trop indulgente. Je suis d'ailleurs fort heureux d'avoir quelquefois, par
votre intermédiaire, des relations avec Lord Salisbury, pour le caractère
et le talent duquel j'ai toujours eu une si haute estime, et que j'aime
d'ailleurs toujours à considérer comme mon proche voisin de campagne.
The success of the Conservatives in the towns, their defeat in the country,
is the very opposite of what is taking place here; so that we foreigners
must exercise great reserve in giving an opinion on the political situation
created in England by these last elections. It is, however, evident
that there, as everywhere else, the old parties are in process of
disintegration, and that, in a new social state, in presence of new
problems, a new distribution of parties is called for. In the history of
all nations there are periods when the need of political progress renders
it necessary for the reformers to remain long in power; and if from time to
time they yield it to their adversaries, it should only be for long enough
to recover breath in climbing the long ascent. On the other hand, there
are also periods when the wearied people long for repose; when progress no
longer aims at completeness, but at change; when reforms are mere Utopian
fancies or appeals to evil passions; and when the partisans of the _status
quo_ ought to have the direction of affairs for as long a time as possible.
I believe that we are now entering on one of these periods. But it becomes
the duty of the Conservatives to defend existing institutions by taking the
initiative in such modifications as may be necessary. This is what, with a
true political insight, they have always done in England. The vote of the
counties does not affect the justice of your appreciation of the general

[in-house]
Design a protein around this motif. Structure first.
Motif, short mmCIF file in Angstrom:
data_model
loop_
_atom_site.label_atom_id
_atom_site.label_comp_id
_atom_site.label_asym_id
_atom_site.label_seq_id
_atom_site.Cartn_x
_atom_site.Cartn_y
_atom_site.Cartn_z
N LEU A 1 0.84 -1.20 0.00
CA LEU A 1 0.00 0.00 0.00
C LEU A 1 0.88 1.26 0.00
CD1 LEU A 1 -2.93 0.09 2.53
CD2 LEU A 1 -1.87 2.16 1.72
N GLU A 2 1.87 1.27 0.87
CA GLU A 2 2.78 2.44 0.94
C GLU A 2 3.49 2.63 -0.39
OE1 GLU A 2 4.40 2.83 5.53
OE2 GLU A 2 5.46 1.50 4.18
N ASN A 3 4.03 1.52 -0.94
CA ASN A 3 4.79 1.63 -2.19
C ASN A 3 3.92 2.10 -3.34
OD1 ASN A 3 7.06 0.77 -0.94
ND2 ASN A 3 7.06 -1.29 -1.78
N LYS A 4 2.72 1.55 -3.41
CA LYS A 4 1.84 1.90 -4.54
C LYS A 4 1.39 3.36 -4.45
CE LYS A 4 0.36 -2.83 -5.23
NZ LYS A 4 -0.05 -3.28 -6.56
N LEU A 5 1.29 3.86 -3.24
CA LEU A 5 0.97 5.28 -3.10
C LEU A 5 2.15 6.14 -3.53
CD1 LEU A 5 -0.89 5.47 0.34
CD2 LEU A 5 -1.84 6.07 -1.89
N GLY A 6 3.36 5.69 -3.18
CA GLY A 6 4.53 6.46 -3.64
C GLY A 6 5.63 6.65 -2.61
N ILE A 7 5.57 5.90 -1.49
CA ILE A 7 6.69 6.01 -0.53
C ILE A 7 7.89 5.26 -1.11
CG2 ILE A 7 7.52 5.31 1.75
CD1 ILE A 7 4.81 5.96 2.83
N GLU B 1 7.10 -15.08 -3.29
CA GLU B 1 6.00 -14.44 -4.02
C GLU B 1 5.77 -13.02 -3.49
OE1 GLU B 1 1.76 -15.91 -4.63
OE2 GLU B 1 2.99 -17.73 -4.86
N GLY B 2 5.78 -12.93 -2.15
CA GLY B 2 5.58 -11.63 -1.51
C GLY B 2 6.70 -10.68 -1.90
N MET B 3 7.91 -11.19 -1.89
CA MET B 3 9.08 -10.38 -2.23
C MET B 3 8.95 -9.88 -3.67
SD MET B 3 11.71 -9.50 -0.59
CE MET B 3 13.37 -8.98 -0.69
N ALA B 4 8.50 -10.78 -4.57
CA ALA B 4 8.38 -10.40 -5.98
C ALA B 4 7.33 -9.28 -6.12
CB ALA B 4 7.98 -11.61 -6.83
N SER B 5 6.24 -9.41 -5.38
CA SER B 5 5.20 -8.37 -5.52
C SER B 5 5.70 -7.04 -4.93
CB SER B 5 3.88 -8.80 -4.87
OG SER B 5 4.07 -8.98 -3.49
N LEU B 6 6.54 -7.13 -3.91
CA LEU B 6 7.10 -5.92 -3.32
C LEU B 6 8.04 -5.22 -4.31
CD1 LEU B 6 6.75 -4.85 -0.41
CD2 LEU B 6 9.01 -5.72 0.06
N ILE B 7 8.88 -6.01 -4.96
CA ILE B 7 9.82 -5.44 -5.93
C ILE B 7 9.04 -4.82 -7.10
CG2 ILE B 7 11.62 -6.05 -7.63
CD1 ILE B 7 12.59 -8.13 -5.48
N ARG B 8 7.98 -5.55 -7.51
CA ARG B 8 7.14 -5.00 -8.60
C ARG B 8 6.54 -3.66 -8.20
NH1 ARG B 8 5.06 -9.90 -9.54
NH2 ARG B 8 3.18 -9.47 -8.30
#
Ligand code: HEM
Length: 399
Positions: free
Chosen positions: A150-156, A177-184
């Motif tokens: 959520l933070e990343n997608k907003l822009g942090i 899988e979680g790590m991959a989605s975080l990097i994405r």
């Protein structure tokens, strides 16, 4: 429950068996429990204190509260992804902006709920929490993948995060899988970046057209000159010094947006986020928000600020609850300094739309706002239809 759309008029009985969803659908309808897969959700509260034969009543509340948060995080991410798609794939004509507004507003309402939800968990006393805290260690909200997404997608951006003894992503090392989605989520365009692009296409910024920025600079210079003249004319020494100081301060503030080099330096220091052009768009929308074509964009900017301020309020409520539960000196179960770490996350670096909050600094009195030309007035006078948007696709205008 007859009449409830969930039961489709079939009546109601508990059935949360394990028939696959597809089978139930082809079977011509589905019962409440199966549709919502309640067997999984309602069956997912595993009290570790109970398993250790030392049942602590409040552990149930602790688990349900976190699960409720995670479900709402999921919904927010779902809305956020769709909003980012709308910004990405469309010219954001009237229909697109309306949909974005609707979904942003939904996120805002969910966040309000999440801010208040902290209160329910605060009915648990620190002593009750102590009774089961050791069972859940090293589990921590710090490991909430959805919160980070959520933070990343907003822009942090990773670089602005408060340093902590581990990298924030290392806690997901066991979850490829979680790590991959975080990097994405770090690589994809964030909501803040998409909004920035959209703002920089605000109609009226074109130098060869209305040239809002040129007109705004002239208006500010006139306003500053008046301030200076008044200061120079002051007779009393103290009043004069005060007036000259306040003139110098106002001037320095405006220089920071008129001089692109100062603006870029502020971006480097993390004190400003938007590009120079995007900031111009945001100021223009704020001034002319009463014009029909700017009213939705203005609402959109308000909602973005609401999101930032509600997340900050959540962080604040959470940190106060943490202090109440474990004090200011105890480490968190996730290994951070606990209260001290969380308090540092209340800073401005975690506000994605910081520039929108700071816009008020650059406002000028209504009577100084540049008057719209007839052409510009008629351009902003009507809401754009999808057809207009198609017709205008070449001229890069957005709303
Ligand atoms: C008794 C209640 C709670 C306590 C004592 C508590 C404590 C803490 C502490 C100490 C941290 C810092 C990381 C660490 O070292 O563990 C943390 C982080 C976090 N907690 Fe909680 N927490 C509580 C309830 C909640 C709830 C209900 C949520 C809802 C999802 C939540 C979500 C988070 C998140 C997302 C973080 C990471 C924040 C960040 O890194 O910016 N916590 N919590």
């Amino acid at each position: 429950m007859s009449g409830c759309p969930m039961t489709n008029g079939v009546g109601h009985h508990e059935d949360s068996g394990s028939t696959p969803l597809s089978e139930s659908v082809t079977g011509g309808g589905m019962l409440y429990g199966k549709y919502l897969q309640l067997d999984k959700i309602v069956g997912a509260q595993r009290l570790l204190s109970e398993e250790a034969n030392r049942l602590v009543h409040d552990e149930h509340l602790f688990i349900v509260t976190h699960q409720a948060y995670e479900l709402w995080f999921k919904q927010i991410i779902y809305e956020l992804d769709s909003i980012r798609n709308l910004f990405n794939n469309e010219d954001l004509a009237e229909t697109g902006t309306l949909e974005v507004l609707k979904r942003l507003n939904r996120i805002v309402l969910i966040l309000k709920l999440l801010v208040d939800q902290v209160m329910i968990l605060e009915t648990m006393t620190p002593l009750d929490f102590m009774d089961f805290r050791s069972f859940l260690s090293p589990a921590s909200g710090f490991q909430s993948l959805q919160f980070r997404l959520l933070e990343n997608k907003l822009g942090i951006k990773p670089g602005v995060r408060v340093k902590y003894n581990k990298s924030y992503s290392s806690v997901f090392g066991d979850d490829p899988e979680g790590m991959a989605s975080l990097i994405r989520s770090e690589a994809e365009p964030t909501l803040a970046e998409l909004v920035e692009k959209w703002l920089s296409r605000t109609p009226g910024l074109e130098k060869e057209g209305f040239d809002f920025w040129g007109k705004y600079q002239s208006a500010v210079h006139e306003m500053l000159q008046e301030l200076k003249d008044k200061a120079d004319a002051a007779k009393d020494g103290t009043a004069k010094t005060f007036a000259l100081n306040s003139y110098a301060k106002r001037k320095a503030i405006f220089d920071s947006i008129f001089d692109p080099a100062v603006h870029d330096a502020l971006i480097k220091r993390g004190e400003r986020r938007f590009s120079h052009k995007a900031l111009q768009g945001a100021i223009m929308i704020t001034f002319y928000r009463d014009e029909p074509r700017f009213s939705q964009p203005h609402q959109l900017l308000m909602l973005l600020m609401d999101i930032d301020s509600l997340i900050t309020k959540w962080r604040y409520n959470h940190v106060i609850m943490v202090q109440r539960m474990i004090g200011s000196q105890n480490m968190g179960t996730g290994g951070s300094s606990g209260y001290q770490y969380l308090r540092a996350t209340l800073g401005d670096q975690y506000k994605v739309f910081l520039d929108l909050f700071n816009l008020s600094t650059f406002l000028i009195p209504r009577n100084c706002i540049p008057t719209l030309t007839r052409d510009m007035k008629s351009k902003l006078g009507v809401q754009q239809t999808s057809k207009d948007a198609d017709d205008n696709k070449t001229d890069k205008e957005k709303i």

character of the elections. It is not a return to the old Tory party, but
rather the condemnation of the Radical programme; and from this point of
view they have an international importance which nothing can weaken. All
the same, this vote of the counties seems to me to render absolutely
necessary the modification of parties which the complete success of the
Ministry would have postponed. After the redistribution of seats, there
is need of a redistribution of persons and of political groupings. Either
Parliament will be controlled by the Irish Nationalists, and Ireland by Mr.
Parnell, or, in opposition to the Nationalists and the Radicals, there will
be formed a Government which will be Conservative in its respect for
the great social institutions, in its antagonism to the levelling and
centralising spirit, and withal Liberal in the manner in which it will
handle the agrarian question.
Judging by what I see here, where over three millions of rural proprietors
are 'a tower of strength' for the Conservatives, I am persuaded that in
England also the Conservatives have no greater interest--after the defeat
of the socialist and revolutionary plans of Mr. Chamberlain--than to work
vigorously at the formation of a numerous class of small landowners.
_Mutatis mutandis_, we have here also the corresponding phenomenon of the
transformation of parties. We are unquestionably entering on a period of